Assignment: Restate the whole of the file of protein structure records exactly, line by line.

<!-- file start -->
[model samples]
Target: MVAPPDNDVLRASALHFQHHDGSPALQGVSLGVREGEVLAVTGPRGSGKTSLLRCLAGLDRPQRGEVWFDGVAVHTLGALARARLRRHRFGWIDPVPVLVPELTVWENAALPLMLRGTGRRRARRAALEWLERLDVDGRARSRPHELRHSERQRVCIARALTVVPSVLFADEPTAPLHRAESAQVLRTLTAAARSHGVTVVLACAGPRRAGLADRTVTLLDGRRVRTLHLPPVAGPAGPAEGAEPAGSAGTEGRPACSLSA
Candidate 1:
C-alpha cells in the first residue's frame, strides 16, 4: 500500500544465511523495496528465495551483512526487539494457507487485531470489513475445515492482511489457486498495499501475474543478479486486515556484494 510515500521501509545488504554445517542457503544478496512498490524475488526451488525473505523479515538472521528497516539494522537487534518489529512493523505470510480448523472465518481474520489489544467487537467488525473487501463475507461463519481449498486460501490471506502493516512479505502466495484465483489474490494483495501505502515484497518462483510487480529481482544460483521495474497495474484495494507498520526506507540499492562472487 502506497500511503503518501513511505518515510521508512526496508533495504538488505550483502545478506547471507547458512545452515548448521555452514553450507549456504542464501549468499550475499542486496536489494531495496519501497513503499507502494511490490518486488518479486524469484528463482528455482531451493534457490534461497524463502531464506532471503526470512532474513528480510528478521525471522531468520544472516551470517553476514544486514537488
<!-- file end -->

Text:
[model samples]
Target: MVAPPDNDVLRASALHFQHHDGSPALQGVSLGVREGEVLAVTGPRGSGKTSLLRCLAGLDRPQRGEVWFDGVAVHTLGALARARLRRHRFGWIDPVPVLVPELTVWENAALPLMLRGTGRRRARRAALEWLERLDVDGRARSRPHELRHSERQRVCIARALTVVPSVLFADEPTAPLHRAESAQVLRTLTAAARSHGVTVVLACAGPRRAGLADRTVTLLDGRRVRTLHLPPVAGPAGPAEGAEPAGSAGTEGRPACSLSA
Candidate 1:
C-alpha cells in the first residue's frame, strides 16, 4: 500500500544465511523495496528465495551483512526487539494457507487485531470489513475445515492482511489457486498495499501475474543478479486486515556484494 510515500521501509545488504554445517542457503544478496512498490524475488526451488525473505523479515538472521528497516539494522537487534518489529512493523505470510480448523472465518481474520489489544467487537467488525473487501463475507461463519481449498486460501490471506502493516512479505502466495484465483489474490494483495501505502515484497518462483510487480529481482544460483521495474497495474484495494507498520526506507540499492562472487 502506497500511503503518501513511505518515510521508512526496508533495504538488505550483502545478506547471507547458512545452515548448521555452514553450507549456504542464501549468499550475499542486496536489494531495496519501497513503499507502494511490490518486488518479486524469484528463482528455482531451493534457490534461497524463502531464506532471503526470512532474513528480510528478521525471522531468520544472516551470517553476514544486514537488